"Brain Damage," for example, revisits the time Eminem took a beating in the school bathroom. "All of it is true except for when I say in eighth grade. It was really back in grade school. I think I was in the fourth grade and he was in the sixth grade," he says. "I changed little things up just to make the story a little bit more interesting. The whole story is true up until my brain falls out of my head. "
The song names the perpetrator of the assault, which Eminem says resulted in a hospitalization. Rolling Stone contacted the guy for its Eminem profile. Somewhat contrite, the perp asked how he could get in touch with his former schoolmate, but Eminem wasn't interested in any reunion. "I don't wanna talk to that guy," he says darkly. He's still mad.
Em wrote "97' Bonnie & Clyde" during one of his breakups with his girlfriend. (It was also during one of those off periods that he got the "Kim R.I.P." tattoo on his stomach.) But he insists he doesn't really mean any harm. "You listen to the record and you hear 'bitch' on the record, it's like obviously this guy's been through some [expletive]. You know what I'm sayin'? It's just like when women make records about hatin' men and women talk about hatin' men. It's the same thing.
"But I could never hate women in general. I have a daughter. How would I sound when she grows up? That would be like me calling my daughter a bitch, and God strike me dead if I was ever to do that."
Does he ever think about how his grown daughter will feel about her unwitting participation in a song that depicts the murder of her own mother?
"She's probably gonna go, "Yeah, Dad' when I put her in a Lamborghini, a Mercedes when she's 16. What can she say? My daddy did it for me, yeah. She can take a look at my background, and the people I was raised around and the environment, look at all of my other relatives and be like, wow."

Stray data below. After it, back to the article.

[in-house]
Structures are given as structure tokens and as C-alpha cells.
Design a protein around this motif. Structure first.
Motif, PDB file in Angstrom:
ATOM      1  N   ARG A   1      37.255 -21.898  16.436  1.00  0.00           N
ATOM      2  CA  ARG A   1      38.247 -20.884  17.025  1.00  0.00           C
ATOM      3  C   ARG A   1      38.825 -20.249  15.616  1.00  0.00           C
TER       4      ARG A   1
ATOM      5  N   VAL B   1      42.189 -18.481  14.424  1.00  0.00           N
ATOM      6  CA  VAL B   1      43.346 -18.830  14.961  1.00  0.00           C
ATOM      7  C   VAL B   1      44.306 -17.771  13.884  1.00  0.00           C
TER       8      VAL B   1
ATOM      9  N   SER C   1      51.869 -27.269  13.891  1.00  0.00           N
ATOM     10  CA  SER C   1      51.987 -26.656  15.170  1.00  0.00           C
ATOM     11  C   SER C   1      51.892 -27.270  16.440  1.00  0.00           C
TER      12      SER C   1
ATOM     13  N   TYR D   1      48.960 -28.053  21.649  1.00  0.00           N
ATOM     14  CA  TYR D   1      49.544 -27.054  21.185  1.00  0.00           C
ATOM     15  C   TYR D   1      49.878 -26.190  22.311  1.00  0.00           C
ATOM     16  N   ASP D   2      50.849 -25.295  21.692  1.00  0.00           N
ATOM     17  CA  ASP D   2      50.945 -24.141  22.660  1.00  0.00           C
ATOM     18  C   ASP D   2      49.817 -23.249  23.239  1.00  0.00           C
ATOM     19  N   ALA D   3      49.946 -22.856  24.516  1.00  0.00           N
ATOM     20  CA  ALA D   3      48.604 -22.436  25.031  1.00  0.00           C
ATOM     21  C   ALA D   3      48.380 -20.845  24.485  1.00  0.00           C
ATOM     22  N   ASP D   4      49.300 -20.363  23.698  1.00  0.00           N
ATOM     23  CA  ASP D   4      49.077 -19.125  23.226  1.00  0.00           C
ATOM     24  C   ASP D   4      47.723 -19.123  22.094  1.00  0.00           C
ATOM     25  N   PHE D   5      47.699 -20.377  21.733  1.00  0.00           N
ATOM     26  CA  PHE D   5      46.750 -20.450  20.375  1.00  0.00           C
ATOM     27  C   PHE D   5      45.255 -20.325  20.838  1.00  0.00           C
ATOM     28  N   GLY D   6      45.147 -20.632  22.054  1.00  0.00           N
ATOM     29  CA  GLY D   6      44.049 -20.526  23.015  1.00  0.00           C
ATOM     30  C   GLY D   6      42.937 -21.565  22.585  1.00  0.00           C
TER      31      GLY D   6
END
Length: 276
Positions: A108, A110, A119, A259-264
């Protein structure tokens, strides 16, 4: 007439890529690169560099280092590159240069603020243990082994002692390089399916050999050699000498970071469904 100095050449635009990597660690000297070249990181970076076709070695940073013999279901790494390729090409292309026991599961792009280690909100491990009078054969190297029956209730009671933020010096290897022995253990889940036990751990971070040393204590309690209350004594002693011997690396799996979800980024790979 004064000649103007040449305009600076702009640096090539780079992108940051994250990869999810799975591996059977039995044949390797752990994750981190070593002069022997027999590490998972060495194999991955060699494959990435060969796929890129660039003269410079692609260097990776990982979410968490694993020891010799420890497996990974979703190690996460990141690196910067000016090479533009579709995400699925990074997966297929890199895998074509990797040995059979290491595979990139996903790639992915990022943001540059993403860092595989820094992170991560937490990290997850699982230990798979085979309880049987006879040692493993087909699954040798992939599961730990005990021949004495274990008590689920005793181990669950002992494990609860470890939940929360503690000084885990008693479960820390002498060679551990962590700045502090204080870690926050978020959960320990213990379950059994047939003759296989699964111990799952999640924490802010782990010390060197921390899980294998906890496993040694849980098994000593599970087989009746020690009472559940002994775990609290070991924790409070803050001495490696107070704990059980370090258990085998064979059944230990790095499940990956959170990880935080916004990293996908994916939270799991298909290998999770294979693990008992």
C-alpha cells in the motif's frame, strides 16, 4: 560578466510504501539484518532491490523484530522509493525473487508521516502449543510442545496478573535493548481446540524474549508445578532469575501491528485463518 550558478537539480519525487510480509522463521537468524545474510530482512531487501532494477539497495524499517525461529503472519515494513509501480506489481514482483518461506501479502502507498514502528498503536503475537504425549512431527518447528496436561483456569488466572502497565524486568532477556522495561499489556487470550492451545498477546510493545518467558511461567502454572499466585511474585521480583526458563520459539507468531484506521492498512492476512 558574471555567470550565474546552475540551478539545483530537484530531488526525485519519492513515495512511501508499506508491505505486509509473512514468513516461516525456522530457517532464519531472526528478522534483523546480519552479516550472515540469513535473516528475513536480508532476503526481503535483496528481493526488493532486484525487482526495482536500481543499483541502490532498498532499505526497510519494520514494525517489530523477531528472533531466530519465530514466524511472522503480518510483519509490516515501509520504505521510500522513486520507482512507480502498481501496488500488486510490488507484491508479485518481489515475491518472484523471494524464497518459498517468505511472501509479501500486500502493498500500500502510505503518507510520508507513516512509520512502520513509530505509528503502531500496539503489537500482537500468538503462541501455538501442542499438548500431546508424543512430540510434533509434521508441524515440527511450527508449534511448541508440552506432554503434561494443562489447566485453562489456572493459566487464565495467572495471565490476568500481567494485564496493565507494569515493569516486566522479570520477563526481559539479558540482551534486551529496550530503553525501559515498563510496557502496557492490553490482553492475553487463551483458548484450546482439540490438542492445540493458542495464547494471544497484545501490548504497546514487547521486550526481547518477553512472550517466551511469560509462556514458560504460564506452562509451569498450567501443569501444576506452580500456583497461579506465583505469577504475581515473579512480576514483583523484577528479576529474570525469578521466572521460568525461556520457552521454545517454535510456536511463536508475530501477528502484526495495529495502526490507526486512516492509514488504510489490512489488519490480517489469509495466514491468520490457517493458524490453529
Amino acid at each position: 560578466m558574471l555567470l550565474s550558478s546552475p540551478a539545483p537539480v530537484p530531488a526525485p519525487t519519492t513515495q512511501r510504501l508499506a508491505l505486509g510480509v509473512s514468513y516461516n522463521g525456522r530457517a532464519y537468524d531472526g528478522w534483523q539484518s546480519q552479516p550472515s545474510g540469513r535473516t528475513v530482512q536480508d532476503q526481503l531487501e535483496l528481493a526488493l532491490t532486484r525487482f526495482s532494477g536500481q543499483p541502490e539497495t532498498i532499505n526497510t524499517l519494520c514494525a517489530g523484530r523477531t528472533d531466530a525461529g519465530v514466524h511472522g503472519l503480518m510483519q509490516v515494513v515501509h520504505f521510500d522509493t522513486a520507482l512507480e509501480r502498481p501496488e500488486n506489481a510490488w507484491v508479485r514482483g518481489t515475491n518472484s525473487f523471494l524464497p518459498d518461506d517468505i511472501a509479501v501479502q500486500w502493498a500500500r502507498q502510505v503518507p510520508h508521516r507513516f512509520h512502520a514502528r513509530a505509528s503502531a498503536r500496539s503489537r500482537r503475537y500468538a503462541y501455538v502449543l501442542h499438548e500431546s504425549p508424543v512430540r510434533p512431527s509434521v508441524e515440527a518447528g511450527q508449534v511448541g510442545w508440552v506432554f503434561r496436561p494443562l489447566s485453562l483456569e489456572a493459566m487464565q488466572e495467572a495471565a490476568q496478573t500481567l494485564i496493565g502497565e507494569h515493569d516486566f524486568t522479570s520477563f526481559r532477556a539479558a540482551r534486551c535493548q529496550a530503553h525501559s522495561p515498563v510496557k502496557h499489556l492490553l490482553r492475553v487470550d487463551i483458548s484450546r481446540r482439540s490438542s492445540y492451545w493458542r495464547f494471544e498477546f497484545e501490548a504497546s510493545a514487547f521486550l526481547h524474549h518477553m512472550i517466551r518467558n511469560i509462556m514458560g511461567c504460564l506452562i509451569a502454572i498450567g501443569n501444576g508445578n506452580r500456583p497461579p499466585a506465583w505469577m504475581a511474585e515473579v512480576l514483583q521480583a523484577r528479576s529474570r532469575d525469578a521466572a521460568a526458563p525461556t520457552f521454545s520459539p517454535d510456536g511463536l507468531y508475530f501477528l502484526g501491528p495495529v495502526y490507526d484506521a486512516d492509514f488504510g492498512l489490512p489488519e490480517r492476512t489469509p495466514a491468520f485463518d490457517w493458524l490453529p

So here is Eminem in all his obnoxiousness, which is bad--but not half as bad as you might think. You'd expect him to be an arrogant little jerk. Instead, he's surprisingly polite. He may curse more than the characters on "South Park," but he says "excuse me" after he burps. He frequently accuses his mother of neglect, but someone raised him to excuse himself.
One of the images that appears as a motif on the "Slim Shady" liner notes and is part of Em's stage set is a mobile home. "What people don't realize is that there are so many poor white kids in America. They just go unnoticed, know what I'm sayin', just because of like, statistics. There's white trash in America, and as soon as they see a white-trash kid like me that's lived a [expletive] life that they can relate to, then they go buy it because they understand it.
"A lot of the [expletive] that I say is funny, but it's funny in a [expletived] up way. I don't wanna be perceived as this big comedian that's just out to make an ass of himself. I want the world to take me serious as an artist. I say some funny [expletive], but take me serious as an artist and as a human being."